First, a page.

Iranians are to vote Friday in elections for local governments, as well as the body that will choose the country's Supreme Leader. As VOA correspondent Gary Thomas reports, the elections are expected to open up simmering rivalries on Iran's political landscape.
Friday's elections have significance as a both a barometer of President Mahmoud Ahmadinejad's popularity and power and as an indicator of Iran's future course.
Voters are to choose city and rural councils that have considerable political clout, including the power to appoint a mayor. Ahmadinejad was mayor of Tehran until his surprising electoral victory 18 months ago.
Also at stake is the Assembly of Experts, a board of Islamic clerics whose main function is to monitor the performance of Iran's Supreme Leader and, if necessary, appoint a new one - a task it has performed only once, when it named Ayatollah Ali Khamenei to the post in 1989.
One hundred, sixty-three candidates have been approved by the Guardian Council to run for seats on the 86-member body. Ayatollah Mohammad Taqhi Mesbah-Yazdi is heading a slate of conservative Ahmadinejad supporters. Opposing them is a group backed by an old guard politician, former President Ali Akbar Hashemi Rafsanjani, who lost to Ahmadinejad in last year's presidential vote.
Ken Katzman, an Iran analyst at the nonpartisan Congressional Research Service, calls the Assembly of Experts election "enormously important."
"That could really determine the future of the direction of the regime because Mesbah-Yazdi is a hardliner close to Ahmadinejad who, should they win that election, be really in a position to support Ahmadinejad against his rivals within the regime and, to some extent, counterbalance the power of the Supreme Leader," he explained.
The reform movement, which has been badly battered in recent years, hopes to make a comeback, especially in the critical Tehran City Council races. The outcome in local polls, say analysts, may hinge on how well people think President Ahmadinejad has performed in his first 18 months in office.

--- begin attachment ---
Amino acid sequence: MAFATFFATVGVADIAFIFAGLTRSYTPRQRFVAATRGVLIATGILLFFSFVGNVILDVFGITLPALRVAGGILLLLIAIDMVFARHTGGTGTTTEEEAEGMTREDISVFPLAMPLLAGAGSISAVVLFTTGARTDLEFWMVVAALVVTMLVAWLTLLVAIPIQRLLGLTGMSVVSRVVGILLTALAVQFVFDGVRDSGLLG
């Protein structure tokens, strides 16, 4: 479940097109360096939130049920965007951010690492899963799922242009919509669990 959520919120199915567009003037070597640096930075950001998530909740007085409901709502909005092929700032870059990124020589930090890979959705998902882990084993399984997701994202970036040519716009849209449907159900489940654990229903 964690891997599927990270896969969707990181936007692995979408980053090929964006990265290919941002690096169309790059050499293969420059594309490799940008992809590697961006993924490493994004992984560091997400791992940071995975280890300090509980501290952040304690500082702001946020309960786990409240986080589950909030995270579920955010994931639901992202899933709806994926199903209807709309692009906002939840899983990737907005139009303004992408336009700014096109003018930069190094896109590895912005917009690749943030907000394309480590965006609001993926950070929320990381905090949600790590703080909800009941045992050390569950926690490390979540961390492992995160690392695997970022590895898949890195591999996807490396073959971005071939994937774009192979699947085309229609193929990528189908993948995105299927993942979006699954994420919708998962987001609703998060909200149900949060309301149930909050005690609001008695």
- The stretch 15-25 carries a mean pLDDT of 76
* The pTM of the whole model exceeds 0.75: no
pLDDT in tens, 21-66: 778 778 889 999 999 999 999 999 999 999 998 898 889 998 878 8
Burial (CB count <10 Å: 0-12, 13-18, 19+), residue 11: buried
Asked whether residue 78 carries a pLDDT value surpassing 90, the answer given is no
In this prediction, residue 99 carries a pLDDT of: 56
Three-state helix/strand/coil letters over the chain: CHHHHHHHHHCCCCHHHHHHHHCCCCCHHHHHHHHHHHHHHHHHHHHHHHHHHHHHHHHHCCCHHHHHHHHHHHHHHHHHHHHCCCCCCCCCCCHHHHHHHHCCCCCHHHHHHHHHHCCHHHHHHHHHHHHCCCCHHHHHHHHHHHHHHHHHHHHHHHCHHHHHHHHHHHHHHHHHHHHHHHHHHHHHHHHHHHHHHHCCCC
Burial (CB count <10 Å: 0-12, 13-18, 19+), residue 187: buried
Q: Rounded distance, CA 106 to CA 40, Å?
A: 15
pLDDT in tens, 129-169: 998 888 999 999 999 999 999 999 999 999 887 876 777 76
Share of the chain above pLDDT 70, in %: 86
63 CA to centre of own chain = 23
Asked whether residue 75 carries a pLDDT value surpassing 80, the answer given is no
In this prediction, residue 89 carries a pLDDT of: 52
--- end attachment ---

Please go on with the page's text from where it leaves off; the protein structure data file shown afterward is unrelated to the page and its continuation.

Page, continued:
Ahmadinejad campaigned last year as a populist, pledging to redistribute wealth. As a non-cleric, he also stands in stark contrast to his rival Rafsanjani, a cleric widely perceived as having enriched himself through the various offices he has held in the Iranian government.
Wayne White, a former senior State Department intelligence analyst now at the Middle East Institute, says Ahmadinejad's track record on keeping his campaign promises is mixed.
"He has come under some criticism already for not living up to his promises of delivery, in other words, still promising and not bringing home the goods for a lot of people," noted White. "So I would say that for Ahmadinejad probably the next year is going to be very important because people are not going to wait forever to see substantial rewards."
But, White adds, Ahmadinejad's support still seems to be strong among the poorer classes in Iran, at least for now.
"Things are in flux. But Ahmadinejad may be a more significant player than some people give him credit for. I think he's very clever politically," commented White. "He probably does not have great foresight or experience in international affairs. And he may actually be able to muster considerable street power, particularly in Tehran among poor Tehranis, which is, let's face it, the center of politics and political action in Iran."
Analysts say the success of Ahmadinejad supporters in the local elections will also hinge on how well his core support of post-Revolution young conservatives get out the vote. Text messaging on mobile phones, which did not exist at the time of the 1979 Iranian revolution, is now a favorite political and social organizing tool in Iran.
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